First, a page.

Wits and Wagers

TEFLGamer does not condone teachers using gambling in the EFL classroom as an additional revenue stream.

PRACTICE:

  • Numbers, years, percentages, weights and measures
  • speculation
  • hedging (sounding less certain)

WHO IS IT FOR?

  • Level (CEFR A2-C1)
  • Ages 12 and older

THE RUNTHROUGH:

For the EFL / ESL classroom, Wits and Wagers is an excellent fit.  At it’s heart, it’s a party trivia game where knowing the right answer isn’t as important as knowing who in the room is most likely to know the answer.  Straight out of the box, there will be giggles galore when you bring this one to class.

This is going to work best with lower level classes after doing numbers, measures or language of present speculation. The students will need to be seated in a circle, with the play-mat accessible and visible to all.  You’ll probably need about 30-45minutes to explain and play this, although obviously you could do fewer rounds in less time.

  1. Start off by putting the students into pairs.  With the fancy-pants deluxe set, you can easily accommodate up to 7 pairs and a higher player count doesn’t affect the pacing of the game at all.
  2. Each pair then receives a dry-wipe pen, a dry-wipe tile and a couple of coloured betting chips.  The teacher takes the role of the game-show host and is responsible for banking, reading questions and generally managing the time and pacing.  Your going to play a number of rounds, each round plays more-or-less the same.
  3. Read a question out.  Then give students a time limit (depending on their level – 30 sec is reasonable) to consult and speculate about the answer in their pairs/teams.
  4. At the end of the time-limit, students must have their answer written on their tile and they place it face-down on the play mat.

    Source: https://boardgamegeek.com/image/253183/wits-wagers (Dominic Crapuchettes)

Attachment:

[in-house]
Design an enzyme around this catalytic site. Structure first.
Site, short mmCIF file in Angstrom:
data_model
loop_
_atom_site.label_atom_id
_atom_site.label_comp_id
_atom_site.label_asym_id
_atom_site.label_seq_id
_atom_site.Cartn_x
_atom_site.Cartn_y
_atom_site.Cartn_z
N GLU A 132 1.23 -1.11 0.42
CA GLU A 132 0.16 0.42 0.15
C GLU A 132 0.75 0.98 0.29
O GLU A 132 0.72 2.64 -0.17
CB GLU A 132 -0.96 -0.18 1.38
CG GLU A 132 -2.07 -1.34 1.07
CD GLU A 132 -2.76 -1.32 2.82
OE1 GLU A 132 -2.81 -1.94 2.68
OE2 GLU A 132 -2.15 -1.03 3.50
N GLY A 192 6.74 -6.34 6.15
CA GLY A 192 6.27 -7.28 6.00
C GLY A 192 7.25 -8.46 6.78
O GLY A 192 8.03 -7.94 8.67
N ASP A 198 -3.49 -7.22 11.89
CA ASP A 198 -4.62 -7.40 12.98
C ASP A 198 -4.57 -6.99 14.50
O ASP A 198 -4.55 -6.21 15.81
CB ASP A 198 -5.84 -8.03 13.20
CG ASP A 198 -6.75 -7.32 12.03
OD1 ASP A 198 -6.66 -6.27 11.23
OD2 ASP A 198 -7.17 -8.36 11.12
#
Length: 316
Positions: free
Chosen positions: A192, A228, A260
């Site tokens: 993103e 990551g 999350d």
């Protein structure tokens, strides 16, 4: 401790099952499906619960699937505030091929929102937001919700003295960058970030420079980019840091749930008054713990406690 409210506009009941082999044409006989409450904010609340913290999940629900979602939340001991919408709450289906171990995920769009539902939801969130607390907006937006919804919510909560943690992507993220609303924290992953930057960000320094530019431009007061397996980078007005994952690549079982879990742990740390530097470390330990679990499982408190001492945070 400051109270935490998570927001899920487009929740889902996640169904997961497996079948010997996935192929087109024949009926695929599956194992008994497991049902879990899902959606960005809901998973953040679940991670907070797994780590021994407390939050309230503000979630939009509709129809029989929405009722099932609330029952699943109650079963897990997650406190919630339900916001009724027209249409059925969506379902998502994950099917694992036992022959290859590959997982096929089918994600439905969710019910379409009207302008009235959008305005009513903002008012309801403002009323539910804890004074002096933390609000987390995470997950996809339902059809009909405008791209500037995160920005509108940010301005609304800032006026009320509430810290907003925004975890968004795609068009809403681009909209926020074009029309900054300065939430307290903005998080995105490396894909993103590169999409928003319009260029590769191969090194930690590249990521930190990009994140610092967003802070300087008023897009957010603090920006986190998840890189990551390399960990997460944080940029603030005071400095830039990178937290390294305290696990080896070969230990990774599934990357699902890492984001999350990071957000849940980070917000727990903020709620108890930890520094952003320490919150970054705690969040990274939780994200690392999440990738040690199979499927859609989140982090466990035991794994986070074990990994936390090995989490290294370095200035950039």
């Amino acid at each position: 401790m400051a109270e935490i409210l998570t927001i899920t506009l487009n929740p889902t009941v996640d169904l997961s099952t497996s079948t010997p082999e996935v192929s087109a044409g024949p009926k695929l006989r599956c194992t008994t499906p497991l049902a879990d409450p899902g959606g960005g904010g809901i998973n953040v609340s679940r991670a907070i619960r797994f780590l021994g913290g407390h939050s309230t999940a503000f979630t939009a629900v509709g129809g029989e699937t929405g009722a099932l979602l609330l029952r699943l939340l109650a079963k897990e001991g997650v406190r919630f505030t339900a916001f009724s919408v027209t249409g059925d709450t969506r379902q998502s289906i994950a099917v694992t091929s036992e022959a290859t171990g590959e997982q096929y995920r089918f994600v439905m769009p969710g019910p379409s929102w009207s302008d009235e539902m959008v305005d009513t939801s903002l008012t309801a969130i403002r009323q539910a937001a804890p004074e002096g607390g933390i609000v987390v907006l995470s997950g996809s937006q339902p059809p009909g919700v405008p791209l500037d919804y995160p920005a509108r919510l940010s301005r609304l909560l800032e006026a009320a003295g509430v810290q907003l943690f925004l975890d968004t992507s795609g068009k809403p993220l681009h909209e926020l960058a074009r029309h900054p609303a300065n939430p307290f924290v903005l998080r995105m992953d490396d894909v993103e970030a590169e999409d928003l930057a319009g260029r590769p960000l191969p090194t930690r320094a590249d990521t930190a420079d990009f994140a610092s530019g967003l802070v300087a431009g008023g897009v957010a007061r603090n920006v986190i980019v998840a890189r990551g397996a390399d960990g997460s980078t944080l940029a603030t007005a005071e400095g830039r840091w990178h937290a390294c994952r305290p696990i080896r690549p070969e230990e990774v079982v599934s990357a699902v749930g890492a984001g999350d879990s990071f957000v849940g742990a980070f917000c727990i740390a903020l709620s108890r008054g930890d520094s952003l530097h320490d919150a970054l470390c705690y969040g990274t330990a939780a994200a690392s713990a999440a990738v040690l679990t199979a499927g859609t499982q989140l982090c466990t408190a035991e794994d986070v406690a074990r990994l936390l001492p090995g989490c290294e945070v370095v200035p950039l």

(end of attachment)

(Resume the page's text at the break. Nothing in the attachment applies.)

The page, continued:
Source: https://boardgamegeek.com/image/253183/wits-wagers (Dominic Crapuchettes)
  5. The teacher or a designated player then turns over all the answers and orders them from lowest to highest.
  6. Instruct the students to “place their bets” making it clear that: a) they must place their chip/chips on a space (not the gap between spaces) as the number also represents that number and all the numbers greater than it, right up to the next number (e.g. if the answers are 10, 20, and 30, selecting “20” also means all the numbers 20-29).  There’s a special space for teams wishing to guess lower than the lowest suggested answer.  b) Indicate that the answers at the extreme ends of the range pay better odds. (i.e. they’ll get $600 back for a $100 bet). c) they cannot lose their coloured chips and they can bet on two different spaces if they wish. d) Once they earn some money they can also raise their bets by placing money chips under their team’s coloured chip.
  7. Tell them that there is 30 seconds to speculate and place their bets.  Wherever the chips are (or aren’t!) at the end of that time is where they must stay.  Start the timer and let them bet.
  8. At the end of the time, read them the answer and issue the winnings to the teams who bet correctly.  Take any money chips from wrong bets.
  9. Repeat steps 3-8 for as many rounds as you wish.

BEAR IN MIND:

  • You’re going to have to pull out a handy conversion app for a number of the cards, as imperial measures are used throughout (at least in my copy, anyway).  In may cases it’s just a case of changing pounds to kilos and miles to kilometers, etc.
  • Some of the questions are a little Americocentric (if that’s a word) with oodles of pop culture references.
  • As long as your questions have numeric answers, you can easily add your own questions and use them.
  • You’ll need to enforce a “no phones” rule otherwise your EFL students will be Wikipedia-ing every question.

SUMMARY:

I’ll admit I had fairly low expectations of this game and was pleasantly surprised by how much the students enjoyed it.  It is a very light game, so hardcore gamers might be a bit disappointed if they are used to more complex games.  As an EFL / ESL game though it works really nicely.  There’s lots of discussion, the students find it fun and it very nicely elicits the target language.  Worth having, although in fairness, you could probably borrow the mechanisms, do without all the props and run a low-fi version just fine.  That said, the dry-wipe tablets work nicely and all the components do add value to the experience.

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